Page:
But for the most part, the War on Drugs and stigma stymied attempts to study psychedelics in the US until recently.

In 2020 researchers at the Netherlands’ Maastricht University and their colleagues published one of the few double-blind, randomized, placebo-controlled studies on psychedelics and physical pain in the Journal of Psychopharmacology. They found people on LSD, even at a low dose, kept their hands submerged in almost-freezing water nearly as long as people who’d taken opioids oxycodone and morphine in previous studies. The authors concluded: “Low doses of LSD might constitute a novel pharmacological therapy.”

A 2021 study showed people with chronic pain reported substantially improved pain scores during and after psychedelic experiences. A 2021 study on migraine sufferers found patients who took even a single dose of psilocybin reported a “significant” reduction in their migraine during the test period compared with those who took a placebo.

Yale University announced a trial using psilocybin to treat cluster headaches in 2021. In August 2021, Beckley Psytech raised $80 million for psychedelic research to fund, among other things, a phase 1b safety trial looking into using low-dose psilocybin to treat short-lasting unilateral neuralgiform headache attacks, a rare kind of headache. In May 2021 multimillion-dollar psychedelic start-up Mind Medicine (MindMed) announced a study series, Project Angie, on whether LSD and an undisclosed drug can treat chronic pain.

Based on the preliminary evidence and anecdotal reports, a growing number of researchers are investigating whether psychedelics can help ease physical pain in dozens of emerging trials.

A University of California San Francisco study will look at whether psilocybin therapy is effective for people with chronic low back pain. “This study examines the effects of a single dose of psilocybin in combination with therapeutic preparation and integration studies,” the university notes. “We hope psilocybin therapy will lead to improvements in pain interference…related to chronic back pain.” The study will take place at The Translational Psychedelic Research (TrPR) Program at UCSF.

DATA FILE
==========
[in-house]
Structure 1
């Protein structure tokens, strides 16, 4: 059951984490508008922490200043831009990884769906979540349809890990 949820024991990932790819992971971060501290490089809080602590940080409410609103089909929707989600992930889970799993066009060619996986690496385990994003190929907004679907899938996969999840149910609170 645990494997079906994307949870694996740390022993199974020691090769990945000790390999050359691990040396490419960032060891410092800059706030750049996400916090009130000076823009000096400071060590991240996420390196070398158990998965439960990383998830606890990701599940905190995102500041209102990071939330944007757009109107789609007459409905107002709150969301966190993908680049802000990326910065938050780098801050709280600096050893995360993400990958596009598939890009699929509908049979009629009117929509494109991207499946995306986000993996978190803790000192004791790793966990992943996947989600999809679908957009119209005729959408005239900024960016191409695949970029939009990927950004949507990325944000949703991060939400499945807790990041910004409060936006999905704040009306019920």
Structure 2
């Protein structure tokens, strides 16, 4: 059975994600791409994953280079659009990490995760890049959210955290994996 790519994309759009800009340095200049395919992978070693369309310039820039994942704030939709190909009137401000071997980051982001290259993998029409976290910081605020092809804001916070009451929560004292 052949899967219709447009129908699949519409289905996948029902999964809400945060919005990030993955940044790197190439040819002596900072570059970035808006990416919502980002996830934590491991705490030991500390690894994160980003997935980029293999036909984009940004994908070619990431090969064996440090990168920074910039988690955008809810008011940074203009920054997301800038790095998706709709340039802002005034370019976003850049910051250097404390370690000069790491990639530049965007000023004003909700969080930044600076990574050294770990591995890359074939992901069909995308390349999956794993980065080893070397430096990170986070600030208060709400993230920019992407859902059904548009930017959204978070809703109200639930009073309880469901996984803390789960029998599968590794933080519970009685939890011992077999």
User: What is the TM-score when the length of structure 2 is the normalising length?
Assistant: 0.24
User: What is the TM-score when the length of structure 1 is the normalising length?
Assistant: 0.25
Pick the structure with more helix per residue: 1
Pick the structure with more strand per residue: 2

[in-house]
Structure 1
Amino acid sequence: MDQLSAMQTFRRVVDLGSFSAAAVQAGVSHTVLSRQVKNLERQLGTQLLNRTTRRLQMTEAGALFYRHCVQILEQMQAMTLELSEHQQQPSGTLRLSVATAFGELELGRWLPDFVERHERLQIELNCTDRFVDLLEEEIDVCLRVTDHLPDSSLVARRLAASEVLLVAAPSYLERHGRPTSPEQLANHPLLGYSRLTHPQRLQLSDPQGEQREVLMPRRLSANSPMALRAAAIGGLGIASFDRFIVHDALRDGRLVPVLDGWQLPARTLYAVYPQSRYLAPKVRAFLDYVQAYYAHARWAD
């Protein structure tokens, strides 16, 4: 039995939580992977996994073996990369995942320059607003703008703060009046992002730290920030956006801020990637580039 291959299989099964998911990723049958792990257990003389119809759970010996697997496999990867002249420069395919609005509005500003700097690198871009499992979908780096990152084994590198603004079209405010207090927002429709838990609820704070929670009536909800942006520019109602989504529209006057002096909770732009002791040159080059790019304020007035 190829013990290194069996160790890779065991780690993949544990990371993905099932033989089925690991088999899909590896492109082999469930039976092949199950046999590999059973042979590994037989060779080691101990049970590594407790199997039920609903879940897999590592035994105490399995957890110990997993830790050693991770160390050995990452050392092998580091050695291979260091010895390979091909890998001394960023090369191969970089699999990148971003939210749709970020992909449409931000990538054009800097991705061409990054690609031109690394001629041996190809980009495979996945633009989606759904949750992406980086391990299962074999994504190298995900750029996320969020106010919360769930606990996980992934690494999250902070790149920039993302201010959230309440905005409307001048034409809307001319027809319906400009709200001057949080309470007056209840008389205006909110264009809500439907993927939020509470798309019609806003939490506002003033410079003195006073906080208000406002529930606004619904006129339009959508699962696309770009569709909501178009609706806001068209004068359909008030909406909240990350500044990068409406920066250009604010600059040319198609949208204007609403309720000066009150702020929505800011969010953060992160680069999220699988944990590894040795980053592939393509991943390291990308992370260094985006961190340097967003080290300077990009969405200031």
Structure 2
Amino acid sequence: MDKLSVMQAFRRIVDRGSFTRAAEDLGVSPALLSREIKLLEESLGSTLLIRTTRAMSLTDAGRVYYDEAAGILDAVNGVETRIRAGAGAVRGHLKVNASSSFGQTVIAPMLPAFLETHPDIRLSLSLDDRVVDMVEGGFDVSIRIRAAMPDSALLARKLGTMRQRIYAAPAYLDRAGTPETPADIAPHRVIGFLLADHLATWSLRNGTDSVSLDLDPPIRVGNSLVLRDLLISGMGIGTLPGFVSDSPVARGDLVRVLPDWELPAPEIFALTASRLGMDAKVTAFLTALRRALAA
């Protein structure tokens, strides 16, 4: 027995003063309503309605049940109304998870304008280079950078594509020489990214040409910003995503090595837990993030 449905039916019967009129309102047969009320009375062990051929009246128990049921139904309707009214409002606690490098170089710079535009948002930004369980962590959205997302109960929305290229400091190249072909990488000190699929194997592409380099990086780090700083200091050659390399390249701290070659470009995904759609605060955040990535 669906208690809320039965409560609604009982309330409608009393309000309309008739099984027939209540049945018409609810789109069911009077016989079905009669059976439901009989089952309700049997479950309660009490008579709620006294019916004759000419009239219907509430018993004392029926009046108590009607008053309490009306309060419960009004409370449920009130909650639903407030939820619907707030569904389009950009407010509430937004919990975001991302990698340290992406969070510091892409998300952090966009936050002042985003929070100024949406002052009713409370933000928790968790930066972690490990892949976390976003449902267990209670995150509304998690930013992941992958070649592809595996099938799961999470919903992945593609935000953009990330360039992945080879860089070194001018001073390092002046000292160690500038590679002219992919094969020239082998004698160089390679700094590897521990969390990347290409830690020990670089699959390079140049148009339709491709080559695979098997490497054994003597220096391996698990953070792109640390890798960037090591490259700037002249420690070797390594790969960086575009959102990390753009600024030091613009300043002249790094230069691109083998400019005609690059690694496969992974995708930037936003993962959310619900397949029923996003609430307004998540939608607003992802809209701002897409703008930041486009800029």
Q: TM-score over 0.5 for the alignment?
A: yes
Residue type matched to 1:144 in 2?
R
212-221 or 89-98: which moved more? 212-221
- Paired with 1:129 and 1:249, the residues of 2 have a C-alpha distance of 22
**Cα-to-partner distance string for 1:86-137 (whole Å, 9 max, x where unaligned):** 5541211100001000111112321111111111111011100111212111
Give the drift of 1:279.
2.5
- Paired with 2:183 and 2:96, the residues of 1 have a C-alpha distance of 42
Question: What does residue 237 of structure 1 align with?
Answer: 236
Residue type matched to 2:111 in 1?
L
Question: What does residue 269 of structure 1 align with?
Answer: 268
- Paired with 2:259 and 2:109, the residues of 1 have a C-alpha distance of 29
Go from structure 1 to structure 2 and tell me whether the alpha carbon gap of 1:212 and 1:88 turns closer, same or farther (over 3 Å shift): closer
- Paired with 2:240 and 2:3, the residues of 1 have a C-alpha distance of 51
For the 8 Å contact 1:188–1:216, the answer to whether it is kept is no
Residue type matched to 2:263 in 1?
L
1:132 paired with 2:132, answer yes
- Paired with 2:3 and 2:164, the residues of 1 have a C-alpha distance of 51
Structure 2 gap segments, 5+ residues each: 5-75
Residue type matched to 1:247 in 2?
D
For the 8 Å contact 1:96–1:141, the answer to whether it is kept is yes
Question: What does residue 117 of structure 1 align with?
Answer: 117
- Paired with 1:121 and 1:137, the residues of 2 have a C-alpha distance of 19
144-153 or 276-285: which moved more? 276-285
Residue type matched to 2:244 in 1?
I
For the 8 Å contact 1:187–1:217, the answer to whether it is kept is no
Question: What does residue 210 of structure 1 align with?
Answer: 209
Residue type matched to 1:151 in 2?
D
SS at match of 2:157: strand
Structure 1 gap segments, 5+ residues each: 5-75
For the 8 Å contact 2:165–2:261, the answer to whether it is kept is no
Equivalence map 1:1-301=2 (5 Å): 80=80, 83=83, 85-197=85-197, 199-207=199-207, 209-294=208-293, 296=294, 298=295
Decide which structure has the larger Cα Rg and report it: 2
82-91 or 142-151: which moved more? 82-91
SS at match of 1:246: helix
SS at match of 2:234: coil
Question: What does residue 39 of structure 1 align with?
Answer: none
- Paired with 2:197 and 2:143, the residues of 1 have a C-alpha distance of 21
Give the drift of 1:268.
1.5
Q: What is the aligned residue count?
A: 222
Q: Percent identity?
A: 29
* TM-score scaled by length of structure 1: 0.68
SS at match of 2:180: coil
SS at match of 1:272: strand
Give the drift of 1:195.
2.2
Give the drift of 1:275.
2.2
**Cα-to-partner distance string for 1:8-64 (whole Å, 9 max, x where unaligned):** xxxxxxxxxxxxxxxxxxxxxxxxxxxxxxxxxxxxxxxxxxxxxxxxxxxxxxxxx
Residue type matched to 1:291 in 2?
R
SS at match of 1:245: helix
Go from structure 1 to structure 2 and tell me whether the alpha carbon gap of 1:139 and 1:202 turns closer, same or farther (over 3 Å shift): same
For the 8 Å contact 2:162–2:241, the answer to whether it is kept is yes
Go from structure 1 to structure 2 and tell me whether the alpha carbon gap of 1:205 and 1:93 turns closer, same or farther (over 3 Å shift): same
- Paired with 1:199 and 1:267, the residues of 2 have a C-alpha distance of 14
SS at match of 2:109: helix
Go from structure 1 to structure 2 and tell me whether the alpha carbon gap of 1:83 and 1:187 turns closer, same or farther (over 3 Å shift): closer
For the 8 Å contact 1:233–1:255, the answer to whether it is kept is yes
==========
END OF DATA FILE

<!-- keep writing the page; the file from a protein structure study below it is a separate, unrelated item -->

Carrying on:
Tryp Therapeutics is studying whether psilocybin and another, psilocybin-based drug with an undisclosed formulation that is obliquely called TRP-8803 can relieve chronic pain. Tryp has partnered with the University of Michigan to study how these drugs might treat fibromyalgia, which causes chronic pain.

The drawbacks to conventional treatments

A lot of what makes potentially using psychedelics to effectively treat chronic pain so exciting is that opioids are currently the most effective and commonly used legal treatments available for chronic pain.

In one study, doctors prescribed opioids to about two thirds of veterans with chronic pain over a one-year period. Doctors prescribed opioids on a long-term basis to at least one-third. In one survey of more than 2500 soldiers from one infantry brigade three months after return from Afghanistan found that 15% had used opioids in the past month, compared with 4% of the general population.

While opioids are extremely safe when used as prescribed, they carry significant risks of dependence and overdose. In 2020 opioids caused or contributed to 68,630 overdose deaths in the US, according to the CDC.

The vast majority of instances of opioid addiction and overdose deaths result directly or indirectly from the War on Drugs. The DEA currently severely limits access to well-studied, effective treatments for opioid dependence. And it contributes significantly to an epidemic of undertreatment for chronic pain, which leads sufferers to turn to black market alternatives like heroin and fentanyl.

Veterans are hardly exempt from undertreatment for chronic pain. Chronic pain sufferers who can’t get their medication experience withdrawal symptoms that “feel like a panic attack and the flu at the same time,” according to the Washington Post. Thanks to the DEA, men and women who lost limbs serving in Iraq and Afghanistan are needlessly entering withdrawal. After the DEA rules changed, Schroeder’s VA doctor couldn’t see him for nearly five months. This isn’t unusual. Schroeder spent those months bedridden in crippling pain and opioid withdrawal. Another Iraq vet can’t drive due to shrapnel in his femur and pelvis. Getting his medications requires a monthly two-hour bus ride for “a one-minute consult.”